Part 3

What's your view on the role and function of music as well as the (e.g. political/social/creative) tasks of artists today - and how do you try to meet these goals in your work?

In many aspects of life, I’m something of a practicing hedonist. I don’t really aim to make art that serves any purpose beyond that of an aesthetic one. That being said, however, my understanding of that which constitutes an aesthetic experience might, perhaps, be a bit looser than that of the average person, as I regard it to be as much somatic or sensual as intellectual and phenomenological. I don’t deliberately incorporate political or social commentary into anything that I do. But that’s just me; that’s not how I’d want to say things of that sort. With regard to my own practice, I think minimalist music (well, most of it) had it right: the focus should, at least some of the time, be on the sound itself and not on its function as some sort of obvious object of equipment. I’m not saying that all music aside from Feldman’s late piano works ought to be abolished; just that there should be ample space for this type of experience along with everything else, which does not seem to me to necessarily be the popular view. If there is a greater project at work that I reach for in my own experience of consuming music, it’s a decidedly lofty one concerned with traversing that path between the desperate psychological need to articulate and quantify and the desperate emotional need to simply feel the inexpressible nature of things. A lot of my views regarding the role of art more generally have been informed by mid-century Continental philosophy and, specifically, the writings of Maurice Merleau-Ponty, aka the only man who has ever really understood me. As far as I can tell, he’s one of only a few humans who have come close to describing the unique state of being a fleshy, thinking, feeling thing in this world and he does so with a sense of awe and wonder, rendering very singular micro-experiences or conscious moments as being particularly meaningful. I think art, whether implicitly or not, should attempt to take us back to these mental and physical places, and, more importantly, to also project us into new ones. I don’t know, I probably didn’t explain that well and maybe sound like a jerk.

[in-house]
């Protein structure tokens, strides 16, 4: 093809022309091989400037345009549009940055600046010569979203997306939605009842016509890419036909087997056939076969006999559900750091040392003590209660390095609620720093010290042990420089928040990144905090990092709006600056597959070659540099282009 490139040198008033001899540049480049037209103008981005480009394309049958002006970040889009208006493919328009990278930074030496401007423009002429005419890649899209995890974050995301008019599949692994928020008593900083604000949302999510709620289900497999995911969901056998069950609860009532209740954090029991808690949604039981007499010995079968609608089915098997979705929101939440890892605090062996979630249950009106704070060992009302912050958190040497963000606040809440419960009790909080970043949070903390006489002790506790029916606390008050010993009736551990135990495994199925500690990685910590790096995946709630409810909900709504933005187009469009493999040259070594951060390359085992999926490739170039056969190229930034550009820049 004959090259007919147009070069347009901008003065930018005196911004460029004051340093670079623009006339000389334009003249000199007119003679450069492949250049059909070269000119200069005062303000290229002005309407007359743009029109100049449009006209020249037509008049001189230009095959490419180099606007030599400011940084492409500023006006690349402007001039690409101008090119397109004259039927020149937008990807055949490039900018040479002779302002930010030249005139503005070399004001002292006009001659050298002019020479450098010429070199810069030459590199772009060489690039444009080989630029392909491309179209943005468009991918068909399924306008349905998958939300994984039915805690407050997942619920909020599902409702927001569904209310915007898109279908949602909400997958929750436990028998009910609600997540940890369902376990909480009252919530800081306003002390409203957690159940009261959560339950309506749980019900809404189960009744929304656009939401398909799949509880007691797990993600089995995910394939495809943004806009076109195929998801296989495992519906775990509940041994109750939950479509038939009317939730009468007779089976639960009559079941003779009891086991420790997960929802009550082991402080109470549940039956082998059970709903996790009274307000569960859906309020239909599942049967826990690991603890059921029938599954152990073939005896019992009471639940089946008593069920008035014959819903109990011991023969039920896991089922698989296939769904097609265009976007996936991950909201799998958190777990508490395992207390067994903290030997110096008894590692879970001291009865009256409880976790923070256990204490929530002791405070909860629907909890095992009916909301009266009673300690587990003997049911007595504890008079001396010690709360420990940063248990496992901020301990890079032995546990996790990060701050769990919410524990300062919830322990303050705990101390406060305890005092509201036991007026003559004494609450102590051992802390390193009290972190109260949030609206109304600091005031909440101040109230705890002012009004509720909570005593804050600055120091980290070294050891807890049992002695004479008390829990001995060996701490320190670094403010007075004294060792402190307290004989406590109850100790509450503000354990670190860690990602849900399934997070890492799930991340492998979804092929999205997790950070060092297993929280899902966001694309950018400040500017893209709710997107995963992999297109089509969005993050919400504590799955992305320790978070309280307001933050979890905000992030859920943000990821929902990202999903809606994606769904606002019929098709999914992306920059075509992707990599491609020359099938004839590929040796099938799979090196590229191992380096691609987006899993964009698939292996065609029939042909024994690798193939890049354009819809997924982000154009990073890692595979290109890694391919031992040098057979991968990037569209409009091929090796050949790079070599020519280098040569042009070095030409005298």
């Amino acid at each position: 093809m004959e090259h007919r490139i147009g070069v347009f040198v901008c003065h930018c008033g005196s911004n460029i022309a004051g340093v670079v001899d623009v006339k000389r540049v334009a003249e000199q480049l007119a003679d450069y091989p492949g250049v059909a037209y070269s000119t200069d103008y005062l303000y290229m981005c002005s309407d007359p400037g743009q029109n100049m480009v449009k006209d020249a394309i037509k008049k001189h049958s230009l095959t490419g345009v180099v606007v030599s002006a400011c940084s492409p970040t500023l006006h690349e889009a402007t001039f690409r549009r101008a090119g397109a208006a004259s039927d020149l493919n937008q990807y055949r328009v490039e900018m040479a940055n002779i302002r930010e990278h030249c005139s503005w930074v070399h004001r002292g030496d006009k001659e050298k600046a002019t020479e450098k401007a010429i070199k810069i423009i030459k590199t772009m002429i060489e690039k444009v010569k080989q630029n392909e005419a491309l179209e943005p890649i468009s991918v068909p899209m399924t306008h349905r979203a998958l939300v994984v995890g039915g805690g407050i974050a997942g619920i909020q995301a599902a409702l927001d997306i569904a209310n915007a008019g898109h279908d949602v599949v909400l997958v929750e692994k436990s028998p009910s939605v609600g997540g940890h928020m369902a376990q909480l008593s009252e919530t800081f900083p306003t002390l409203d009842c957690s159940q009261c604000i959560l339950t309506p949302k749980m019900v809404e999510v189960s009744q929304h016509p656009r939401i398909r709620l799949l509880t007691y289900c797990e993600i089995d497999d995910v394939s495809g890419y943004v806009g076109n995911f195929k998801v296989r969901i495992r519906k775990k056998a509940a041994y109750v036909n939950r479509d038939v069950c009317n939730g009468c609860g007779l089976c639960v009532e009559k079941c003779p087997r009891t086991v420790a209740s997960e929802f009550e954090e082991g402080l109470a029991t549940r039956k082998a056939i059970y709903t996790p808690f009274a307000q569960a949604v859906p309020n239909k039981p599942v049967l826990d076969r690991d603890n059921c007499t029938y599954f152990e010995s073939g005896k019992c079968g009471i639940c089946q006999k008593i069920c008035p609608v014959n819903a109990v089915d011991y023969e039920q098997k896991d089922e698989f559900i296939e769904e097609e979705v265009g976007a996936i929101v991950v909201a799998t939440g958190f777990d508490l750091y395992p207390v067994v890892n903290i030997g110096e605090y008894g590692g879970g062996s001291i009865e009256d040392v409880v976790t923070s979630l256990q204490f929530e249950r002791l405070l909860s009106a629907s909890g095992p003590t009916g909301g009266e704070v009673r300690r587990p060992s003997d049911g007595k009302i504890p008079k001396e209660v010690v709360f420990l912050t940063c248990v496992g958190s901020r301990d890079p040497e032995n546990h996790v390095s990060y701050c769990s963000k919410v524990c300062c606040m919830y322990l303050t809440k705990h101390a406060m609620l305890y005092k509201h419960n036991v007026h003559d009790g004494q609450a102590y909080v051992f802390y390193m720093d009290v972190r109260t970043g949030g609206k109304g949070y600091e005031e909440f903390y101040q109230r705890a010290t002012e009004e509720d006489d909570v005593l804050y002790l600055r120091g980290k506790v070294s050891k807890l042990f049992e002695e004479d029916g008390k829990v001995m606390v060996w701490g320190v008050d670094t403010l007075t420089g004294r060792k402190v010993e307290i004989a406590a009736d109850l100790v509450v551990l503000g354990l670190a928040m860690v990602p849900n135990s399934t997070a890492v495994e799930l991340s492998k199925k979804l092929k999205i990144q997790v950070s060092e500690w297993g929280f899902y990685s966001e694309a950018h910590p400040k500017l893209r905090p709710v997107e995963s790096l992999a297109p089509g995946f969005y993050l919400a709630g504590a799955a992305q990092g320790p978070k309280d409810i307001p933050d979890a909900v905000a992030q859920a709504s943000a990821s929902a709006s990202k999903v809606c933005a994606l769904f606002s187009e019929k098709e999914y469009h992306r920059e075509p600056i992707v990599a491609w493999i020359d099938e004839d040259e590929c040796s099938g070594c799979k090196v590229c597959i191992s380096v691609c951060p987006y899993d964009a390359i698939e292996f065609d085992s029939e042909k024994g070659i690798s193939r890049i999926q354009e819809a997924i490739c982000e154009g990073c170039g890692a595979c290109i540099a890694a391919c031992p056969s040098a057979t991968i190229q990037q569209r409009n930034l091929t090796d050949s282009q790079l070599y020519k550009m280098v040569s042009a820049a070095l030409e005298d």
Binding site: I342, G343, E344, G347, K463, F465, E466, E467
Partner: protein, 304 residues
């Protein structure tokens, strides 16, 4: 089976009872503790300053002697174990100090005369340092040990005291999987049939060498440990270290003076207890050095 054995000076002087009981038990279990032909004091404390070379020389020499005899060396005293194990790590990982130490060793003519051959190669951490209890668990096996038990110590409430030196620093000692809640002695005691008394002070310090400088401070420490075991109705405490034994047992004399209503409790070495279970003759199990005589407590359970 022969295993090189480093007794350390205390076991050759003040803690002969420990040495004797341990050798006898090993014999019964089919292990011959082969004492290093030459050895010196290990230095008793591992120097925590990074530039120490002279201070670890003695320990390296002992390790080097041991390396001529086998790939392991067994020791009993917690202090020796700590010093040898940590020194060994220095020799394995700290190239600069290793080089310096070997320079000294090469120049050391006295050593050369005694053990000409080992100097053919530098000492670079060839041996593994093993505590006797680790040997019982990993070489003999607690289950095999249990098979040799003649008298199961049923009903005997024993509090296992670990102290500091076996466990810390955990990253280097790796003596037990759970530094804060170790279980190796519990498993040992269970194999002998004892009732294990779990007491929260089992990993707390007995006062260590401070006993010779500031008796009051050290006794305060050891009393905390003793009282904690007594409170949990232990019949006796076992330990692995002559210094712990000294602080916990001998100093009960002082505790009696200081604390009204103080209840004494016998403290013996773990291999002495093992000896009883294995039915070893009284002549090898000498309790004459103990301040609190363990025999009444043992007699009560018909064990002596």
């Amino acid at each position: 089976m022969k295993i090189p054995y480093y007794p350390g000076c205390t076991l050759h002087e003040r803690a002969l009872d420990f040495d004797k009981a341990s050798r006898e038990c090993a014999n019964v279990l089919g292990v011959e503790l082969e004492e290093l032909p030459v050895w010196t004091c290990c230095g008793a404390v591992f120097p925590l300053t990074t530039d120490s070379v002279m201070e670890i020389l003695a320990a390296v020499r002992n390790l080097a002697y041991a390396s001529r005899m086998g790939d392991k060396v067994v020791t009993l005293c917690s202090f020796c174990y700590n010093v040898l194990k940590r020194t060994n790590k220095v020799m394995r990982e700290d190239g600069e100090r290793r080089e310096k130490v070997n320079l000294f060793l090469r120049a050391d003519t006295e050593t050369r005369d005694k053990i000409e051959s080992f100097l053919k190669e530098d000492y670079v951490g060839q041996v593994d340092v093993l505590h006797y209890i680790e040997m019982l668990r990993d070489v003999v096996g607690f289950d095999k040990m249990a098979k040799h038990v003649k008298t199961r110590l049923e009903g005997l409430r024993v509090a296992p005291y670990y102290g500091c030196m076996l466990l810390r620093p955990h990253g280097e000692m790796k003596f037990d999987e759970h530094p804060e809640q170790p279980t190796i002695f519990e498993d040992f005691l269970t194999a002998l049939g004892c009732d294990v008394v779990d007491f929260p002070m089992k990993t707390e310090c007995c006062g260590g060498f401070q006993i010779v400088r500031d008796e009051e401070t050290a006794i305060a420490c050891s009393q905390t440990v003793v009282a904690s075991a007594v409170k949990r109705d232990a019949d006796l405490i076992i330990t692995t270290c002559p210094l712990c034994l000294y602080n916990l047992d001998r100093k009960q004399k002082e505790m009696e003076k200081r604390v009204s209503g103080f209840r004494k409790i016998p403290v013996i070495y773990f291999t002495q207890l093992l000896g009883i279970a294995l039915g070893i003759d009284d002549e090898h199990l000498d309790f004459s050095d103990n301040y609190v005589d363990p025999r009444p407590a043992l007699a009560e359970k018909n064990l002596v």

Listening is also an active, rather than just a passive process. How do you see the role of the listener in the musical communication process?

I think that music is more about listening than it is about anything else; even in the composer or performer role, I would argue that your ability to listen is just as, if not more important than your subsequent ability to recognize and execute or follow through. That being said, I think that there are actually a lot of times where it’s appropriate and necessary to just hear things and let them pass over you instead of listen intently. That can be a bit frustrating if you’re really trying to communicate something specific, but mostly it’s pretty wonderful if you’re just doing your thing and hoping that other people pick up on it and connect in some way. The composer is a listener as much as anyone else; they just also happen to be the person who is in the position to tweak things to suit their desired experience. When you choose to listen to music in headphones while walking or through speakers in your bedroom or while driving in your car or whatever, you are, in a sense, shaping the communicative process in a similar way.

Reaching audiences usually involves reaching out to the press and possibly working with a PR company. What's your perspective on the promo system? In which way do music journalism and PR companies change the way music is perceived by the public?